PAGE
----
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Fair Tax: Would the Fair Tax be a sufficient substitute for income tax?

  • Needed stimulus of the economy.

    Imagine the stimulus for the economy when every penny that is deducted from everyone's pay (for income tax and payroll deductions) is given to them instead of sending it to the government. If every penny that the IRS collects is first given to the taxpayer to spend where needed, the result would be impressive.

  • Short term and long term

    The fair tax encourages saving/paying off debt and investment. You might argue that more saving is counter productive to this tax but then you would have to convince me that Americans will quit letting money burn a hole in their pocket which is a tough sell. This would still only be short term.

    Short term would also be hugely advantaged by foreign money that would now be moved here as a tax shelter instead of the cayman islands and the like. Both short and long term are benefited by the fact that investments are tax free. This encourages business growth in a big way.

  • The More People Spend, The More They Pay

    A fair tax, or a national sales tax, is a sufficient substitute for an income tax. Consider the GDP of America and a tax rate of 10 percent on all purchases. The resulting budget windfall would more than make up for any losses in income taxes. The national sales tax is fair because the more money someone makes, the more they spend and the more sales tax they pay. The contemporary global economy is based upon consumer spending, so it only makes sense that the income tax, now more than 100 years old, is retired for something more up-to-date.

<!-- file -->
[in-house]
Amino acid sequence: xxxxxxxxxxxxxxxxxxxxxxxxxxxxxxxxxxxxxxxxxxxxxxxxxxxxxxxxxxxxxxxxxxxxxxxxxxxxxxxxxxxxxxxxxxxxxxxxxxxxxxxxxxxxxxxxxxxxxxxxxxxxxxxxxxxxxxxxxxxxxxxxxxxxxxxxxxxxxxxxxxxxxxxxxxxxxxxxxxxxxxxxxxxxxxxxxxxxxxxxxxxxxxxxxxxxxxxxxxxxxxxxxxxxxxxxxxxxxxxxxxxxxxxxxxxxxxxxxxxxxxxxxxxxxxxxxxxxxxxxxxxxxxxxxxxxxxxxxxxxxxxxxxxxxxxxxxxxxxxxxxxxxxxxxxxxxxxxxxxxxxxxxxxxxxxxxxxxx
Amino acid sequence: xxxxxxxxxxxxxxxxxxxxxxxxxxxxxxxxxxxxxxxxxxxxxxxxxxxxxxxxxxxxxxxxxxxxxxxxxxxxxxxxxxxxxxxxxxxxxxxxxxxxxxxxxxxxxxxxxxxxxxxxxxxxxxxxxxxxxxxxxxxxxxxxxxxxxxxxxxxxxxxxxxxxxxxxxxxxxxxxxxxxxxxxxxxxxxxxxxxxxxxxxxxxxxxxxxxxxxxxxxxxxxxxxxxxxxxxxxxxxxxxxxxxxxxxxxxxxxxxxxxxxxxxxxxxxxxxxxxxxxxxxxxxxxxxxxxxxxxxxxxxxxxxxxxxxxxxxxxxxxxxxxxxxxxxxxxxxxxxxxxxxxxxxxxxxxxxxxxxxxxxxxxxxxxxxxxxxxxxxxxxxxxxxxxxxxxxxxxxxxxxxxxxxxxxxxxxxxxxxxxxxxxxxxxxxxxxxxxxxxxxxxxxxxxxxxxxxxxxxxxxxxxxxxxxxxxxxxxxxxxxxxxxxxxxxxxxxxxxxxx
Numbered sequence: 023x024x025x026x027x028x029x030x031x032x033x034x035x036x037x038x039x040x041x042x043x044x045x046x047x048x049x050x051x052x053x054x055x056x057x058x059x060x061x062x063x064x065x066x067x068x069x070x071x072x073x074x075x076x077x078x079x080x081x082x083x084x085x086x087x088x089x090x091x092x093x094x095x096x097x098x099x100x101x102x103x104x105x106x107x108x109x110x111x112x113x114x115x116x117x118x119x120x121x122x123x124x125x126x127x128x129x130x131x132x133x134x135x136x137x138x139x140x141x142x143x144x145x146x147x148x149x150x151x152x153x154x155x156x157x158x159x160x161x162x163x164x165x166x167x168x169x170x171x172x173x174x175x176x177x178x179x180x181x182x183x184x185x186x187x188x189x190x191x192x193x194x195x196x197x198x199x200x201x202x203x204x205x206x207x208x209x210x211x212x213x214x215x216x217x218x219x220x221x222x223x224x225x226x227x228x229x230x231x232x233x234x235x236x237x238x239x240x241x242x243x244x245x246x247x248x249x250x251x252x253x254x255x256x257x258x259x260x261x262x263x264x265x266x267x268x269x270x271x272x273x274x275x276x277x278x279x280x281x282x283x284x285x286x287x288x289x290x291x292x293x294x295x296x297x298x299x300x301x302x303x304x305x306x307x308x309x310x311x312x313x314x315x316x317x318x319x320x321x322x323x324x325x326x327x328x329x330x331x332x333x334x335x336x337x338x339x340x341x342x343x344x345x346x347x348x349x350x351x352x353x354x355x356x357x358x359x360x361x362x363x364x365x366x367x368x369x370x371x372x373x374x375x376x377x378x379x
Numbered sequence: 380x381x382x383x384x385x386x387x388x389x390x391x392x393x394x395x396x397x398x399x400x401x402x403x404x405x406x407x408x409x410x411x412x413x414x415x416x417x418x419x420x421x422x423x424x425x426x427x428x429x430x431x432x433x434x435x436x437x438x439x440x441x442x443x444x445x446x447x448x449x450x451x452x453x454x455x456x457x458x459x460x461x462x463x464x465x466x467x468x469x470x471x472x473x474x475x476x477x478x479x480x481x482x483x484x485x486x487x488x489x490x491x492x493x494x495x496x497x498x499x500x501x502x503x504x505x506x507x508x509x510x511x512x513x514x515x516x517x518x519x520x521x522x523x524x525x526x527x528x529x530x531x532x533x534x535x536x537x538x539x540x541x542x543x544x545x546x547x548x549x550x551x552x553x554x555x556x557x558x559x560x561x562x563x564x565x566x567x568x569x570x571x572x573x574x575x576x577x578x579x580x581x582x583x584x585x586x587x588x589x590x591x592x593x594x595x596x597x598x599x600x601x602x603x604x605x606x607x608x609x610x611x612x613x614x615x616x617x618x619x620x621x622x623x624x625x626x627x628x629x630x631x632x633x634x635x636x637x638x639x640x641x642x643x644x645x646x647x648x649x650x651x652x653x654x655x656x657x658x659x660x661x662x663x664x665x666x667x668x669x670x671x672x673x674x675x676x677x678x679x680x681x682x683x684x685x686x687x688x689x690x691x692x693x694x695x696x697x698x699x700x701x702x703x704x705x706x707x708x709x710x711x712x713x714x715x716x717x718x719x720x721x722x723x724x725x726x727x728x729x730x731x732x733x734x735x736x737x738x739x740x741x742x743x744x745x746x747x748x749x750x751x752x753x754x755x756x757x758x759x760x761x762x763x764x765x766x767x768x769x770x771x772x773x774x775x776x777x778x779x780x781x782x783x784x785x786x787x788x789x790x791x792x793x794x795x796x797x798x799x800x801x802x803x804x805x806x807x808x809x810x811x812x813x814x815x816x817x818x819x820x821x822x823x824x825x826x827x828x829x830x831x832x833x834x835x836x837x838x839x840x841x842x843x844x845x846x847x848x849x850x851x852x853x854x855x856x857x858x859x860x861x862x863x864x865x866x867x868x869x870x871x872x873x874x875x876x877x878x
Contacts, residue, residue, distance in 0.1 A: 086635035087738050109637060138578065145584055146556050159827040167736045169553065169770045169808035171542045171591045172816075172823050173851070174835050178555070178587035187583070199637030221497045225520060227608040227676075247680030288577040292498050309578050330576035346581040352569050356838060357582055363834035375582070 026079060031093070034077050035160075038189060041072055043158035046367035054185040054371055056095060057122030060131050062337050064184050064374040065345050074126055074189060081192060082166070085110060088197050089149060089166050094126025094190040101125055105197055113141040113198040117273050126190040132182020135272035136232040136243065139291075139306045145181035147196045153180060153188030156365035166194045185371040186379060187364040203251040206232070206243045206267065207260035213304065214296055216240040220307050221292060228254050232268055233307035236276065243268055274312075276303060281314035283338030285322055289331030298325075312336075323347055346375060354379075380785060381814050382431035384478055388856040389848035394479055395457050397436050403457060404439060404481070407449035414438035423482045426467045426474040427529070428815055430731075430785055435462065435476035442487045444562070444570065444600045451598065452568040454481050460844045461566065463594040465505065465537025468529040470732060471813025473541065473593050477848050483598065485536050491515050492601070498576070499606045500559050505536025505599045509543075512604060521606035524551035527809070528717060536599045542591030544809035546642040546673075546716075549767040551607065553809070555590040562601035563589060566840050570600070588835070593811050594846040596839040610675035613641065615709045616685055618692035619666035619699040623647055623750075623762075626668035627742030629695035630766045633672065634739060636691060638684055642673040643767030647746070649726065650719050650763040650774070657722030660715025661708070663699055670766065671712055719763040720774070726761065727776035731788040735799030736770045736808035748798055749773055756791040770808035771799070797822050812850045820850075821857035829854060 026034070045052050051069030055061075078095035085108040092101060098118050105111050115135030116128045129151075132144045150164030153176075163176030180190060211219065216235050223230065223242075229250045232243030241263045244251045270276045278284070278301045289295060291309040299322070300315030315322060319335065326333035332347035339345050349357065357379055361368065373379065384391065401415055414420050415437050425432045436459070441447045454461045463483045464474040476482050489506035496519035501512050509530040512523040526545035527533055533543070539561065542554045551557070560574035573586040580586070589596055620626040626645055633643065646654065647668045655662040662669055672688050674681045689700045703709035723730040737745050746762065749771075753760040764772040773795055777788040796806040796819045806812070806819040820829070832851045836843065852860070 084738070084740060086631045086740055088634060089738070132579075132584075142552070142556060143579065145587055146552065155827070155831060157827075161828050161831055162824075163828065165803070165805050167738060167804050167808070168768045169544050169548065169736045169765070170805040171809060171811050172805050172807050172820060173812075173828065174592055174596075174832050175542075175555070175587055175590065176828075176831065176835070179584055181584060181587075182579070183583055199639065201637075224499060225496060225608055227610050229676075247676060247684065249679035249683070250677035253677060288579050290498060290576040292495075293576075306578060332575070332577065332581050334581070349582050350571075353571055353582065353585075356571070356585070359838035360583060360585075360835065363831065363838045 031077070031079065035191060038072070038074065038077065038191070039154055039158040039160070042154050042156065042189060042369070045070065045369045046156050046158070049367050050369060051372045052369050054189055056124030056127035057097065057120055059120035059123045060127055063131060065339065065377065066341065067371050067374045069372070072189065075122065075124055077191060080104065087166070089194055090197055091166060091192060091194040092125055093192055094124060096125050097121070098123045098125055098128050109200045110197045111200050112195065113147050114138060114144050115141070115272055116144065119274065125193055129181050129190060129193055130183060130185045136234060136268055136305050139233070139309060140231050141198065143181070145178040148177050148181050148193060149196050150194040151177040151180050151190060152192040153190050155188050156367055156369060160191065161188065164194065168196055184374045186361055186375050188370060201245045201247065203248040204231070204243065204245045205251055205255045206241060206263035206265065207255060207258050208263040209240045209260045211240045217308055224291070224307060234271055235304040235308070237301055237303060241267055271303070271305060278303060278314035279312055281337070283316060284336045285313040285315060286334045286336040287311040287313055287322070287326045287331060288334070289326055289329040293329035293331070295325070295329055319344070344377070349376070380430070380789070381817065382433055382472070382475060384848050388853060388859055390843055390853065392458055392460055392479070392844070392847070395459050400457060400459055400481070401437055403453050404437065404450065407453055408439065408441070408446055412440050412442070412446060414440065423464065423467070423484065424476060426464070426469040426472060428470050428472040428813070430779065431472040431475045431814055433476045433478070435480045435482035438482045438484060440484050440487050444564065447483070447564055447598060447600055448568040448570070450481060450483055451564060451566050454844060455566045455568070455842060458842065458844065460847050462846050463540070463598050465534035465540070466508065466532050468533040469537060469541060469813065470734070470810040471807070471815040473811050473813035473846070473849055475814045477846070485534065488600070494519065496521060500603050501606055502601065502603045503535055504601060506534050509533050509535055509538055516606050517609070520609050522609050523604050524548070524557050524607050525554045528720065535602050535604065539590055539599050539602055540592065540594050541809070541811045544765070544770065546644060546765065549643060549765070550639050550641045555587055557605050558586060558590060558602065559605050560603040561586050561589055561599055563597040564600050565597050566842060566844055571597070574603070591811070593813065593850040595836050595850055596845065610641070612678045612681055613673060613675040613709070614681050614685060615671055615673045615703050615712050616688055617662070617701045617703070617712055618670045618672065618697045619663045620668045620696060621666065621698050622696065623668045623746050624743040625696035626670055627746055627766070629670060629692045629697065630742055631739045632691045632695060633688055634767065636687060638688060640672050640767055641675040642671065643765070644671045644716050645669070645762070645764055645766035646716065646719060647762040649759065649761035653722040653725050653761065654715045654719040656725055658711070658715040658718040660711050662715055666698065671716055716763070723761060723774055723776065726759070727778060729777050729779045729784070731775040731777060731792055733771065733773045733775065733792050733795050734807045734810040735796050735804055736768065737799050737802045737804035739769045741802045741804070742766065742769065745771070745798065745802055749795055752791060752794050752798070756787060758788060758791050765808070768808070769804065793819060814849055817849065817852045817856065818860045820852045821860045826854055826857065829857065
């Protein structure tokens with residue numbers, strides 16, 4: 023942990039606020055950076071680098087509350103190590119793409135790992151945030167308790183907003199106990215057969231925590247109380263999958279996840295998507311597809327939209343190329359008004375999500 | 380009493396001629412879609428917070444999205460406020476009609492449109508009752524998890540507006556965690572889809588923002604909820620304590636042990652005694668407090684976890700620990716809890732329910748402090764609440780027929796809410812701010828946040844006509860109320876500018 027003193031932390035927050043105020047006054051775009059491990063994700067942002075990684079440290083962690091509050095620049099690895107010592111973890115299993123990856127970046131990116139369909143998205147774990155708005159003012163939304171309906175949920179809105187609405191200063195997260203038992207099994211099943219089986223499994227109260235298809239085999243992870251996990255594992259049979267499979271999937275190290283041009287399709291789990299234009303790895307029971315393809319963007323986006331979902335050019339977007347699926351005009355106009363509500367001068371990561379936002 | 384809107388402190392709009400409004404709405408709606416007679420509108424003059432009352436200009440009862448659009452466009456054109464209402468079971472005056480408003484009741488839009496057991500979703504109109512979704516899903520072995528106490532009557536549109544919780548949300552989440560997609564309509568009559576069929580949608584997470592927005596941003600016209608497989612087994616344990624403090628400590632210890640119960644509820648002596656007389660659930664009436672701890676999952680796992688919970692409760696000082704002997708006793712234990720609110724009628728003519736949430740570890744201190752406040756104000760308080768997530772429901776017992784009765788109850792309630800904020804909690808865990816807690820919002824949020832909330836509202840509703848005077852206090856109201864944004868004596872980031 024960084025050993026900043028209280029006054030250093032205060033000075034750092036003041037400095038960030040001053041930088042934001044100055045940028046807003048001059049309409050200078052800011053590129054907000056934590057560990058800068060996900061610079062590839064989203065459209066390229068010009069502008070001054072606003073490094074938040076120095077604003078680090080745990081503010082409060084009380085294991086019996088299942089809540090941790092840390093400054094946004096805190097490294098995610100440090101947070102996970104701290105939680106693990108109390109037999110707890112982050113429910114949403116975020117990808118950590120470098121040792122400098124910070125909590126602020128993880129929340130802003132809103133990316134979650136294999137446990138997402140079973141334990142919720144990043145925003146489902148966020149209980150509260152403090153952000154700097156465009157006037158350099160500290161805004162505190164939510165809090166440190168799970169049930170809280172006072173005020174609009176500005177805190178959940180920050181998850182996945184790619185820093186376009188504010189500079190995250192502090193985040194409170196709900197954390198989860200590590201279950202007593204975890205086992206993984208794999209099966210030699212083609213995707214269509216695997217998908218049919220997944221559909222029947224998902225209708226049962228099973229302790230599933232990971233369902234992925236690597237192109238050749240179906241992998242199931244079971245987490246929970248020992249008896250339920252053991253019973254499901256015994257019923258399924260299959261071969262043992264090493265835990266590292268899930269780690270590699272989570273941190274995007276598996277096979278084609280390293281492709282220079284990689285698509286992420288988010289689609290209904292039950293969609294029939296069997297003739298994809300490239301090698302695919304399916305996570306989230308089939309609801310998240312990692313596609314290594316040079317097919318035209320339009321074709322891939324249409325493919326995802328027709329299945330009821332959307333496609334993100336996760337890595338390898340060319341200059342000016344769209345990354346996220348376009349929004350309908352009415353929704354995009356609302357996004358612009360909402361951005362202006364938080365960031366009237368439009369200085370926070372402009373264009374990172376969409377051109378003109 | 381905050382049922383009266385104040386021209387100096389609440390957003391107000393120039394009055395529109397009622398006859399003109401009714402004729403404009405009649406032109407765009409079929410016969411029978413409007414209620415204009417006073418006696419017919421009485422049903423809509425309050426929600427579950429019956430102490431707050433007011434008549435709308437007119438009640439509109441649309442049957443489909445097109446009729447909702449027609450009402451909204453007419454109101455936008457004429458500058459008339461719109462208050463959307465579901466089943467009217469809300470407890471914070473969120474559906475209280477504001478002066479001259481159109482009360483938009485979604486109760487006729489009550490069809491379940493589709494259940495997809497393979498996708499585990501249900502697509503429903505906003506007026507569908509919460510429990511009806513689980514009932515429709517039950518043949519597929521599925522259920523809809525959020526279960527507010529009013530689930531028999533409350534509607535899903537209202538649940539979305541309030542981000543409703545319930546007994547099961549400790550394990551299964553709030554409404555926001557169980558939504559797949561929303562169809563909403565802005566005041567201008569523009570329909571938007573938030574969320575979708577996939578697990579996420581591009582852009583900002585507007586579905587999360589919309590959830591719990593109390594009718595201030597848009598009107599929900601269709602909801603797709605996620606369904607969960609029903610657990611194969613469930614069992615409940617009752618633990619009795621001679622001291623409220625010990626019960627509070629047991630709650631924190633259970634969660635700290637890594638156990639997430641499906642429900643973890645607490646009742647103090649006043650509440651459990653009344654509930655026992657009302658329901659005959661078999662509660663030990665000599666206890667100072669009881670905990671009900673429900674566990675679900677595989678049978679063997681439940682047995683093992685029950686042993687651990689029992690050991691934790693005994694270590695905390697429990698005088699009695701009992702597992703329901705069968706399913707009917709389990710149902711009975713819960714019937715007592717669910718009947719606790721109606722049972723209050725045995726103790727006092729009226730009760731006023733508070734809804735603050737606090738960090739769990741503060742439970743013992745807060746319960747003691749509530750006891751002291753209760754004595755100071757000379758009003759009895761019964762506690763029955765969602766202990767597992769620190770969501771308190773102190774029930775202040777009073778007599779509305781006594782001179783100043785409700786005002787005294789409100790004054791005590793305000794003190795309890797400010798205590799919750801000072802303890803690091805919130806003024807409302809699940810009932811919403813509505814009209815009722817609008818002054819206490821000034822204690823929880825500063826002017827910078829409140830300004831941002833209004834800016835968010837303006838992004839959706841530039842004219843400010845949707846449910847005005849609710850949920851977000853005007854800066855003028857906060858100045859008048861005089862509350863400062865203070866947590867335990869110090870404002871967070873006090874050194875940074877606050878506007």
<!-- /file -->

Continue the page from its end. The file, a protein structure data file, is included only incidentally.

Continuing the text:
• The Fairtax isn't Fair

    Fairtax is a very bad tax reform plan with a nice sounding name. The FT scheme has the federal government taxing State and Local government consumption in addition to the idiotic proposal to tax itself. 20% of the revenue raised is therefore hidden in higher S/L taxes. That isn't transparency!
    The FT throws seniors under the bus by (1) double taxing their after tax savings when spent; (2) forcing seniors to resume paying into the SS Trust Funds with their sales tax dollars;and (3) increases middle class retirees federal tax burden while reducing their purchasing power.
    The FT "prebate" is not a tax refund in advance, but is clearly a cash grant entitlement costing $600 billion annually. The prebate creates a group of millions of lower income workers who would pay no net federal tax, yet would still receive full SS retirement benefits. That kind of "nanny state" cannot be supported!

    The Fairtax isn't fair!


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